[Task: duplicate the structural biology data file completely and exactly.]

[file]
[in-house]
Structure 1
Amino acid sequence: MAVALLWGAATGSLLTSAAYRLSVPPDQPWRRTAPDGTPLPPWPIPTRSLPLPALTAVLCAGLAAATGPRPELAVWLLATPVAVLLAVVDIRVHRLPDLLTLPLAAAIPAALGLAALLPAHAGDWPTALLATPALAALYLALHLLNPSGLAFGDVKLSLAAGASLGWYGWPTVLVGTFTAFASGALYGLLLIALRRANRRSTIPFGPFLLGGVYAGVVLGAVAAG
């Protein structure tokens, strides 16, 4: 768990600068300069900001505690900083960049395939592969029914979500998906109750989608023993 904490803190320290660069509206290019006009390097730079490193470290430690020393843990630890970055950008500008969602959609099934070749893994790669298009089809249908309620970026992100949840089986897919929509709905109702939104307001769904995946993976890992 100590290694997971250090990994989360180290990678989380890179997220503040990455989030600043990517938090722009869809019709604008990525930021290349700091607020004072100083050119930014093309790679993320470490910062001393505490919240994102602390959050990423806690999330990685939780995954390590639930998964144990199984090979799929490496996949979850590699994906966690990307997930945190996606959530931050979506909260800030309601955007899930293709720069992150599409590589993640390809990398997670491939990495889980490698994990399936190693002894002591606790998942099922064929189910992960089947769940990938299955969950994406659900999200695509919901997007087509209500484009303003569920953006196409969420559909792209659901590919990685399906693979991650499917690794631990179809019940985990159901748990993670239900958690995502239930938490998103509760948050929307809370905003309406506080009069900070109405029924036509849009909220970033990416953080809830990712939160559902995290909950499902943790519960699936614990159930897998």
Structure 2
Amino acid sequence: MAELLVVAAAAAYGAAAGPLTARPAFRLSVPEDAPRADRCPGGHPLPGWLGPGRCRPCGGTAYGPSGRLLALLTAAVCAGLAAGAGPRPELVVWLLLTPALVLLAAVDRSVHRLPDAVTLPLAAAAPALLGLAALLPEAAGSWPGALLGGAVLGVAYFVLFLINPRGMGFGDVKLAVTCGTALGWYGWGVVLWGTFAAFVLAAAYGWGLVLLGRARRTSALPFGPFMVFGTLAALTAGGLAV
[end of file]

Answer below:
[in-house]
Structure 1
Amino acid sequence: MAVALLWGAATGSLLTSAAYRLSVPPDQPWRRTAPDGTPLPPWPIPTRSLPLPALTAVLCAGLAAATGPRPELAVWLLATPVAVLLAVVDIRVHRLPDLLTLPLAAAIPAALGLAALLPAHAGDWPTALLATPALAALYLALHLLNPSGLAFGDVKLSLAAGASLGWYGWPTVLVGTFTAFASGALYGLLLIALRRANRRSTIPFGPFLLGGVYAGVVLGAVAAG
């Protein structure tokens, strides 16, 4: 768990600068300069900001505690900083960049395939592969029914979500998906109750989608023993 904490803190320290660069509206290019006009390097730079490193470290430690020393843990630890970055950008500008969602959609099934070749893994790669298009089809249908309620970026992100949840089986897919929509709905109702939104307001769904995946993976890992 100590290694997971250090990994989360180290990678989380890179997220503040990455989030600043990517938090722009869809019709604008990525930021290349700091607020004072100083050119930014093309790679993320470490910062001393505490919240994102602390959050990423806690999330990685939780995954390590639930998964144990199984090979799929490496996949979850590699994906966690990307997930945190996606959530931050979506909260800030309601955007899930293709720069992150599409590589993640390809990398997670491939990495889980490698994990399936190693002894002591606790998942099922064929189910992960089947769940990938299955969950994406659900999200695509919901997007087509209500484009303003569920953006196409969420559909792209659901590919990685399906693979991650499917690794631990179809019940985990159901748990993670239900958690995502239930938490998103509760948050929307809370905003309406506080009069900070109405029924036509849009909220970033990416953080809830990712939160559902995290909950499902943790519960699936614990159930897998």
Structure 2
Amino acid sequence: MAELLVVAAAAAYGAAAGPLTARPAFRLSVPEDAPRADRCPGGHPLPGWLGPGRCRPCGGTAYGPSGRLLALLTAAVCAGLAAGAGPRPELVVWLLLTPALVLLAAVDRSVHRLPDAVTLPLAAAAPALLGLAALLPEAAGSWPGALLGGAVLGVAYFVLFLINPRGMGFGDVKLAVTCGTALGWYGWGVVLWGTFAAFVLAAAYGWGLVLLGRARRTSALPFGPFMVFGTLAALTAGGLAV